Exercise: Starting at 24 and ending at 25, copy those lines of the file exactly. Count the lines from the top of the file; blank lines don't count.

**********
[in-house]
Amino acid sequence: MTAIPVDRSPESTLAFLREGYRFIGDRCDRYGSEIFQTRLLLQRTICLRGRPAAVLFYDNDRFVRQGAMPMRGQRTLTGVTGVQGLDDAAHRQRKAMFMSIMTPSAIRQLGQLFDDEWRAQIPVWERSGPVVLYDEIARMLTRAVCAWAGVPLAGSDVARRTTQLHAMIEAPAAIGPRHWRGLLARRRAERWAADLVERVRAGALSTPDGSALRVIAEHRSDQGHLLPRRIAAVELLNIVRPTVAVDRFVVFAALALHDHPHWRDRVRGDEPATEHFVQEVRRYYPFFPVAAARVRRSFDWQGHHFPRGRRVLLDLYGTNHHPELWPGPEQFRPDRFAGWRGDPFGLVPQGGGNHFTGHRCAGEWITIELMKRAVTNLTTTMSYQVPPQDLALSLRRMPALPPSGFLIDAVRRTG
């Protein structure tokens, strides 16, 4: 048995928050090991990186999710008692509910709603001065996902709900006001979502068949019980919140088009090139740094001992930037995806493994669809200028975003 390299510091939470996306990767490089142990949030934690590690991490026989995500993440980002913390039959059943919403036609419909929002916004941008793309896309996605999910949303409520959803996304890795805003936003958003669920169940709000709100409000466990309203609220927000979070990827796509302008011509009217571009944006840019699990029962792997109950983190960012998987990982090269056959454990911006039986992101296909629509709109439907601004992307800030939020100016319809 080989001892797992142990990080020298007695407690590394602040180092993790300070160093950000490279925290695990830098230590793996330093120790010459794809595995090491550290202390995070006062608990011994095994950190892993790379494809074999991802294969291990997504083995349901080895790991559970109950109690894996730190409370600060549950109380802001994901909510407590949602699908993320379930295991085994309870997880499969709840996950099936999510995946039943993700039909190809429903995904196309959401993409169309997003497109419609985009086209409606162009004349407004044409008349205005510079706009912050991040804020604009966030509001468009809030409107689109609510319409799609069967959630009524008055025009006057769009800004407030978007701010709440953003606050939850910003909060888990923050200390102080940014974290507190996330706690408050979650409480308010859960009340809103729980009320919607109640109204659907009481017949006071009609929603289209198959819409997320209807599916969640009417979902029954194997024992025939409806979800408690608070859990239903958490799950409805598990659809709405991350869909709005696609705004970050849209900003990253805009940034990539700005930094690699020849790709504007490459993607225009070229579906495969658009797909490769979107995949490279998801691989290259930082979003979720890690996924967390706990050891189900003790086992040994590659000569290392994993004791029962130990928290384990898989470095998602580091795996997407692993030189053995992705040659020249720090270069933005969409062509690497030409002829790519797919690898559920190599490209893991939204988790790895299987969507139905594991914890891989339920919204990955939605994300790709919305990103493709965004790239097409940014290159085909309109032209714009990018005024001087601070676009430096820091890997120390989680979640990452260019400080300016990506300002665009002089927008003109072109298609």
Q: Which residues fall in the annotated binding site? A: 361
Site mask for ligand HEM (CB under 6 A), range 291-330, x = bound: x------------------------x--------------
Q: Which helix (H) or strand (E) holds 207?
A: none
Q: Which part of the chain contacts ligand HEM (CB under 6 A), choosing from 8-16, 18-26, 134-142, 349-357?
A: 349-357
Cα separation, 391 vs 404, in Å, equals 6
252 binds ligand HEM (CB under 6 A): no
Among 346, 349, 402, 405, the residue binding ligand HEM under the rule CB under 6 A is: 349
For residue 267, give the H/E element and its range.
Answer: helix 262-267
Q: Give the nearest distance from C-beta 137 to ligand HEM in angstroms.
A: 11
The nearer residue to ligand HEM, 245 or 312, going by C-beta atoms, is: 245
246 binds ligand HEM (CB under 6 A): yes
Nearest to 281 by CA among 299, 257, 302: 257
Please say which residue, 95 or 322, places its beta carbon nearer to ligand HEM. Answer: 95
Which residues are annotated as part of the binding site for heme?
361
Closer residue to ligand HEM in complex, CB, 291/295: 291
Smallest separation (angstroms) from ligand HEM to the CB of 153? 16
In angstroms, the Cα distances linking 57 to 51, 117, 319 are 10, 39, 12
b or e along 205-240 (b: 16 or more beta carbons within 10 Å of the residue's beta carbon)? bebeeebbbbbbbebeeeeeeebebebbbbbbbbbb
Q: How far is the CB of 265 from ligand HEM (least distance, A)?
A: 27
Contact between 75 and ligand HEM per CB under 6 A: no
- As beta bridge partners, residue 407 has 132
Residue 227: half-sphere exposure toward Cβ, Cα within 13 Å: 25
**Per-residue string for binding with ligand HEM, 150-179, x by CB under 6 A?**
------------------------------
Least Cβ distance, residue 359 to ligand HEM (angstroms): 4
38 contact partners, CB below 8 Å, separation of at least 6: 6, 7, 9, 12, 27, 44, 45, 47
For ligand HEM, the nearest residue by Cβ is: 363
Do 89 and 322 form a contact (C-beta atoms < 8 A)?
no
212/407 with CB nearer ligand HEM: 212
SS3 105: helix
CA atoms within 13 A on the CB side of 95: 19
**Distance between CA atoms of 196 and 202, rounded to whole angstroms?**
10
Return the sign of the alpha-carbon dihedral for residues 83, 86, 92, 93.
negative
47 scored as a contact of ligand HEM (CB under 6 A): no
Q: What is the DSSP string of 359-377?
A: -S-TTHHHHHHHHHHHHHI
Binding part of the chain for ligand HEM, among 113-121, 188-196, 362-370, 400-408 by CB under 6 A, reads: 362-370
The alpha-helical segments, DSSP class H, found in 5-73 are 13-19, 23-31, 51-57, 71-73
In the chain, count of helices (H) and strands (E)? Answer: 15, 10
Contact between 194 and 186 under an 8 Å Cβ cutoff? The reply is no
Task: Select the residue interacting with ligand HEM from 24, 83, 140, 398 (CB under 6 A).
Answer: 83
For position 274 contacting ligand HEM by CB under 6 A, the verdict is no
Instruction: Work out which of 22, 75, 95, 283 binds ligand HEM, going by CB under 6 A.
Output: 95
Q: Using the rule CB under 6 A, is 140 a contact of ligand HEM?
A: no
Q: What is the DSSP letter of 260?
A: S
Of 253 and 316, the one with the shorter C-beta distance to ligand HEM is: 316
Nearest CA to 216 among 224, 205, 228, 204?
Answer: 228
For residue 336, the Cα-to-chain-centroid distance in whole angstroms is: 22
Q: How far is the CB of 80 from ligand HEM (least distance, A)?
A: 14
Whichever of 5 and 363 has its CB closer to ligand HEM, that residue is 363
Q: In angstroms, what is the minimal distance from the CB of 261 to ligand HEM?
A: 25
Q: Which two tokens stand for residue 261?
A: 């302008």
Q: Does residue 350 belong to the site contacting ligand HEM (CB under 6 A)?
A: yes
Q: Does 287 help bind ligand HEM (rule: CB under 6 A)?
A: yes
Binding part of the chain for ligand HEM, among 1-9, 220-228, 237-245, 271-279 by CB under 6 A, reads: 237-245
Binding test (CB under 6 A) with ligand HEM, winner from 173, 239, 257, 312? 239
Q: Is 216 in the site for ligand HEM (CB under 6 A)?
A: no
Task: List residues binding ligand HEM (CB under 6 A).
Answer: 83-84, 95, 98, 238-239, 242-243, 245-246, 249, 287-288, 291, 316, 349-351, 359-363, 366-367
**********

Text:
Smallest separation (angstroms) from ligand HEM to the CB of 153? 16
In angstroms, the Cα distances linking 57 to 51, 117, 319 are 10, 39, 12